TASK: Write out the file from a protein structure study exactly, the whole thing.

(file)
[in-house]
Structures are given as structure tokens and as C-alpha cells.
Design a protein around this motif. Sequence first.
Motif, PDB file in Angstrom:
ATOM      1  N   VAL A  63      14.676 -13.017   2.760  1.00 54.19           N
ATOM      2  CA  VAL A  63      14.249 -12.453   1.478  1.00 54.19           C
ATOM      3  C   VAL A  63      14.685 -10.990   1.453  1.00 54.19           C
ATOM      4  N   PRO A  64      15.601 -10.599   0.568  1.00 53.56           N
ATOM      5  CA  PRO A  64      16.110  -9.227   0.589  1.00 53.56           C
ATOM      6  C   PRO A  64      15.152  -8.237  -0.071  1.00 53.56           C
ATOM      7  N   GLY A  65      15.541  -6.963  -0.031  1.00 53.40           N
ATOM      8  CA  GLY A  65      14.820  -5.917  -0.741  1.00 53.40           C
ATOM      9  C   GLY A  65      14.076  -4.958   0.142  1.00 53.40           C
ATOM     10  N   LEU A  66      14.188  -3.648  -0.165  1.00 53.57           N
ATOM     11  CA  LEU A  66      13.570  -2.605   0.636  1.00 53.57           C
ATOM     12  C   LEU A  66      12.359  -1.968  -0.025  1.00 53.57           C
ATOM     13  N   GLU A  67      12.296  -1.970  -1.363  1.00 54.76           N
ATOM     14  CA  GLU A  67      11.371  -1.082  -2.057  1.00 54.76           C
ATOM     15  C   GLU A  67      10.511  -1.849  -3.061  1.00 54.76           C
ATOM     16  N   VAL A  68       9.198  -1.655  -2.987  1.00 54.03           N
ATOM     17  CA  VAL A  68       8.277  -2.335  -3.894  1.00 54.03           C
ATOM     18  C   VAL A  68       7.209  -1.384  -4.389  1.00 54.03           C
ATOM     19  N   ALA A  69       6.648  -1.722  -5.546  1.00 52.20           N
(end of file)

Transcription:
[in-house]
Structures are given as structure tokens and as C-alpha cells.
Design a protein around this motif. Sequence first.
Motif, PDB file in Angstrom:
ATOM      1  N   VAL A  63      14.676 -13.017   2.760  1.00 54.19           N
ATOM      2  CA  VAL A  63      14.249 -12.453   1.478  1.00 54.19           C
ATOM      3  C   VAL A  63      14.685 -10.990   1.453  1.00 54.19           C
ATOM      4  N   PRO A  64      15.601 -10.599   0.568  1.00 53.56           N
ATOM      5  CA  PRO A  64      16.110  -9.227   0.589  1.00 53.56           C
ATOM      6  C   PRO A  64      15.152  -8.237  -0.071  1.00 53.56           C
ATOM      7  N   GLY A  65      15.541  -6.963  -0.031  1.00 53.40           N
ATOM      8  CA  GLY A  65      14.820  -5.917  -0.741  1.00 53.40           C
ATOM      9  C   GLY A  65      14.076  -4.958   0.142  1.00 53.40           C
ATOM     10  N   LEU A  66      14.188  -3.648  -0.165  1.00 53.57           N
ATOM     11  CA  LEU A  66      13.570  -2.605   0.636  1.00 53.57           C
ATOM     12  C   LEU A  66      12.359  -1.968  -0.025  1.00 53.57           C
ATOM     13  N   GLU A  67      12.296  -1.970  -1.363  1.00 54.76           N
ATOM     14  CA  GLU A  67      11.371  -1.082  -2.057  1.00 54.76           C
ATOM     15  C   GLU A  67      10.511  -1.849  -3.061  1.00 54.76           C
ATOM     16  N   VAL A  68       9.198  -1.655  -2.987  1.00 54.03           N
ATOM     17  CA  VAL A  68       8.277  -2.335  -3.894  1.00 54.03           C
ATOM     18  C   VAL A  68       7.209  -1.384  -4.389  1.00 54.03           C
ATOM     19  N   ALA A  69       6.648  -1.722  -5.546  1.00 52.20           N